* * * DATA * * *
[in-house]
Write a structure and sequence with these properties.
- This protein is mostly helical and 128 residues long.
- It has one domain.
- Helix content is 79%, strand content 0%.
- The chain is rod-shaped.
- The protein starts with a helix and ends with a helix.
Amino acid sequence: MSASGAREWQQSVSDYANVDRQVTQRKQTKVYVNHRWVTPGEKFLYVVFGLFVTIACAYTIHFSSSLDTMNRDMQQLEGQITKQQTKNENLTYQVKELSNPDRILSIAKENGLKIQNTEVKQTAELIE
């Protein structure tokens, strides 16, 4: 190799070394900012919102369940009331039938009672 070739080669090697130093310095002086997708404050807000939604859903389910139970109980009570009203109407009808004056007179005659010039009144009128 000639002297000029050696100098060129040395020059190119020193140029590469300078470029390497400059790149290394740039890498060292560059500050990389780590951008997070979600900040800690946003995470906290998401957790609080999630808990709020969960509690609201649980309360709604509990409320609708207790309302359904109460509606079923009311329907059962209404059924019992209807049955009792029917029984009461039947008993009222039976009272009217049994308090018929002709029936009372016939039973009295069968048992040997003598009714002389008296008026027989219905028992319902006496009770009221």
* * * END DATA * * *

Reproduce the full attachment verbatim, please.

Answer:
[in-house]
Write a structure and sequence with these properties.
- This protein is mostly helical and 128 residues long.
- It has one domain.
- Helix content is 79%, strand content 0%.
- The chain is rod-shaped.
- The protein starts with a helix and ends with a helix.
Amino acid sequence: MSASGAREWQQSVSDYANVDRQVTQRKQTKVYVNHRWVTPGEKFLYVVFGLFVTIACAYTIHFSSSLDTMNRDMQQLEGQITKQQTKNENLTYQVKELSNPDRILSIAKENGLKIQNTEVKQTAELIE
């Protein structure tokens, strides 16, 4: 190799070394900012919102369940009331039938009672 070739080669090697130093310095002086997708404050807000939604859903389910139970109980009570009203109407009808004056007179005659010039009144009128 000639002297000029050696100098060129040395020059190119020193140029590469300078470029390497400059790149290394740039890498060292560059500050990389780590951008997070979600900040800690946003995470906290998401957790609080999630808990709020969960509690609201649980309360709604509990409320609708207790309302359904109460509606079923009311329907059962209404059924019992209807049955009792029917029984009461039947008993009222039976009272009217049994308090018929002709029936009372016939039973009295069968048992040997003598009714002389008296008026027989219905028992319902006496009770009221």